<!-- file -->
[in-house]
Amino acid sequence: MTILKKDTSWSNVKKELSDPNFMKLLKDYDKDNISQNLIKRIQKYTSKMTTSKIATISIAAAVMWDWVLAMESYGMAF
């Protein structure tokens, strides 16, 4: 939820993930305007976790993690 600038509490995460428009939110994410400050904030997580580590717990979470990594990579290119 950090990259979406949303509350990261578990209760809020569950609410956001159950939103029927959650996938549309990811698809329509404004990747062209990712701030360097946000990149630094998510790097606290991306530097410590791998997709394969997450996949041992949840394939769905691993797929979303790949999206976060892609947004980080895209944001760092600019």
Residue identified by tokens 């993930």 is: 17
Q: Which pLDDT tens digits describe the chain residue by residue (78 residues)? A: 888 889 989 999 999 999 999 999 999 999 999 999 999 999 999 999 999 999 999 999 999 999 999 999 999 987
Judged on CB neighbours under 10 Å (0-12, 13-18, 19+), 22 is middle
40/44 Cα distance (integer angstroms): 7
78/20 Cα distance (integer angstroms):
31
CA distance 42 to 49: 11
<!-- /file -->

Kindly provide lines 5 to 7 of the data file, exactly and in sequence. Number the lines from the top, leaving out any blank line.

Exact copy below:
Q: Which pLDDT tens digits describe the chain residue by residue (78 residues)? A: 888 889 989 999 999 999 999 999 999 999 999 999 999 999 999 999 999 999 999 999 999 999 999 999 999 987
Judged on CB neighbours under 10 Å (0-12, 13-18, 19+), 22 is middle
40/44 Cα distance (integer angstroms): 7